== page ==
Three members of Sutherland Climate Action Network among 67 arrested in Newcastle protest

Bill Ryan, 94, of Caringbah joins a coal rail blockade in
Newcastle. Picture: Breana Macpherson-Rice

Bill Ryan, 94, of Caringbah joins a coal rail blockade in Newcastle. Picture: Breana Macpherson-Rice

Three members of Sutherland Climate Action Network were among 67 people arrested in a protest to “break free from fossil fuels” in Newcastle on Sunday.

Murray Scott of Heathcote, Colin Ryan of Kirrawee and Bill Ryan of Caringbah were among a group of 70 who stopped coal trains from reaching Newcastle, the world's largest coal port.

Bundeena residents Judy Walker, Beth Buchanan and
Greg Walker, with Liz Donley, Peter Donley and Jonathan
Doig from Gymea Bay at the Newcastle coal port
blockade. Picture: Darren Pateman

Bundeena residents Judy Walker, Beth Buchanan and Greg Walker, with Liz Donley, Peter Donley and Jonathan Doig from Gymea Bay at the Newcastle coal port blockade. Picture: Darren Pateman

The protesters were charged with interfering and remaining on train line and will appear in Newcastle Court on June 9.

Network convener Jonathan Doig said 13 other members of Sutherland Climate Action Network were also part of the protest by an 2000 people, in which a flotilla of 200 kayaks also blocked coal ships.

Mr Doig said Newcastle port was closed for the day, preventing coal exports and saving nearly 300,000 tonnes of carbon dioxide.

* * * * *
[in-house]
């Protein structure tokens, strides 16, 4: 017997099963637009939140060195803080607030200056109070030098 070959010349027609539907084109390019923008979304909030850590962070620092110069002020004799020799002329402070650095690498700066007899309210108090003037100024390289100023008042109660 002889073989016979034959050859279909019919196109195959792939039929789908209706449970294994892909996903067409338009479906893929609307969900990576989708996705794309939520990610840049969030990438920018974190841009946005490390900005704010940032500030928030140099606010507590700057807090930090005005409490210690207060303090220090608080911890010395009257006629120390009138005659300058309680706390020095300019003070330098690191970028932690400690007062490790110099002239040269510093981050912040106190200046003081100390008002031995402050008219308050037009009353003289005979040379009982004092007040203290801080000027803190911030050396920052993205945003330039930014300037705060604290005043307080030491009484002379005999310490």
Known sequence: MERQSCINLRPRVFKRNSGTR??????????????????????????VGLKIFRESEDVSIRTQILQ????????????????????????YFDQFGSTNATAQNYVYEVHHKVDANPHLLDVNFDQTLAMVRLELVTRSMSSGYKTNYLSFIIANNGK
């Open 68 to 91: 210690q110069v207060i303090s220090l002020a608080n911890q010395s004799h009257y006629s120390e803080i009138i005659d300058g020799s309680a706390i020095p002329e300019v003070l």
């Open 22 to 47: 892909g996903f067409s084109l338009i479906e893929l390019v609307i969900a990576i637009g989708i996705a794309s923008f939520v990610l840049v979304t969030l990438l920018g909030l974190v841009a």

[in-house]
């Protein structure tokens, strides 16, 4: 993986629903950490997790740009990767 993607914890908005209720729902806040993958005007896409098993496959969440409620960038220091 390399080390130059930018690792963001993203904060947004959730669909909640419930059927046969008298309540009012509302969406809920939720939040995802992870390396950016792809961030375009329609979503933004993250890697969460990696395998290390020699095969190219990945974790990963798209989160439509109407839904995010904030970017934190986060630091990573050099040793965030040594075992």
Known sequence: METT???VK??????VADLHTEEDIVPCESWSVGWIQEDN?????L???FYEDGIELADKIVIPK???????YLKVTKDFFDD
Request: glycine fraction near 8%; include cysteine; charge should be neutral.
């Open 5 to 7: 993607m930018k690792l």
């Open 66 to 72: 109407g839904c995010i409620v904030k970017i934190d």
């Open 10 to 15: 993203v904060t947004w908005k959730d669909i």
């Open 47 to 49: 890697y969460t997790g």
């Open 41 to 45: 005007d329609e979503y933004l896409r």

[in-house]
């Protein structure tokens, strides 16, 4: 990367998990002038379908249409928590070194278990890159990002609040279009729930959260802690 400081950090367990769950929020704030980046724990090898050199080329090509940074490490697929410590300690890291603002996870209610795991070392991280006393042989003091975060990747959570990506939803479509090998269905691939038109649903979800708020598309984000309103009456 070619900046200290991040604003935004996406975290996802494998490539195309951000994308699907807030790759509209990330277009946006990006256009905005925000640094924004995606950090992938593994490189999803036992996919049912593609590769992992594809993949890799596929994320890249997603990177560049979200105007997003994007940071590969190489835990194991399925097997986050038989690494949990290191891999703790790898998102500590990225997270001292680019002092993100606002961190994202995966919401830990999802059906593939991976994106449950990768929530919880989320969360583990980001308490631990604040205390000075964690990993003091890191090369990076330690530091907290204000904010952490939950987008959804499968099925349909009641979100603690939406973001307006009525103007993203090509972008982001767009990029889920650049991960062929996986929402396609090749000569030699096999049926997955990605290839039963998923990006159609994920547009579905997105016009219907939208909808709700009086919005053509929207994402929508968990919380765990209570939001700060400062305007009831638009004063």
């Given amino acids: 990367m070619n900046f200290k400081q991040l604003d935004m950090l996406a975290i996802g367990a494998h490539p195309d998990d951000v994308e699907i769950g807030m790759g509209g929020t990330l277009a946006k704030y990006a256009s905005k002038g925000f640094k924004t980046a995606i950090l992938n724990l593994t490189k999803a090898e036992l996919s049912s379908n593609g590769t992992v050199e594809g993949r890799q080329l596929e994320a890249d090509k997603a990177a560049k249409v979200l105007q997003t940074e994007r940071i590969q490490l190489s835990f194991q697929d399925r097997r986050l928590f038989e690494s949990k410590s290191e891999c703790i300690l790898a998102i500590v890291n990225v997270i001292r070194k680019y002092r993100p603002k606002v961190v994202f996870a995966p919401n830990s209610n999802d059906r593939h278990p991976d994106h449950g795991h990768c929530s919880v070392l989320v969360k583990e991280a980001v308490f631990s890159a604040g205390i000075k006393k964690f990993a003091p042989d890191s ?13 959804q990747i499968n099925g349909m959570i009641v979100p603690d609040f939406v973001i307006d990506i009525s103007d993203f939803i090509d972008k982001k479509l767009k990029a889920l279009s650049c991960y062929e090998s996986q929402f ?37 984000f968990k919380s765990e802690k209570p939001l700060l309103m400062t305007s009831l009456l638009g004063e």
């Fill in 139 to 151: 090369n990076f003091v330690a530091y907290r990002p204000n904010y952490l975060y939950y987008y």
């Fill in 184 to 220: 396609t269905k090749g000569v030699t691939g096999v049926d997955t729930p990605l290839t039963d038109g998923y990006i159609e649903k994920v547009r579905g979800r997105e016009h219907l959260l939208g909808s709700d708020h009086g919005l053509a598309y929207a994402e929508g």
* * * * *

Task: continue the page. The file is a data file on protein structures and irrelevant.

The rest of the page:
This was the equivalent of taking nearly a quarter of a million cars off the road for a year.

”The Barrier Reef is dying before our eyes while the government looks the other way,” he said.

“At least Labor has a real climate plan, but both old parties are ignoring coal.

“Coal is the number one cause of climate change.

“We have to shift to renewable energy now to save the reef and the planet.”

Bill Ryan, 94 and a Kokoda veteran, has been involved in many similar protests.

“My generation fought to save Australia and make it the wonderful country it is today, and many of my mates did not return,” he said.

“Today we are faced with a bigger fight, but this time the enemy is within.”

“The fossil fuel industry has made a lot of money and caused a lot of damage to places like the Hunter Valley.”

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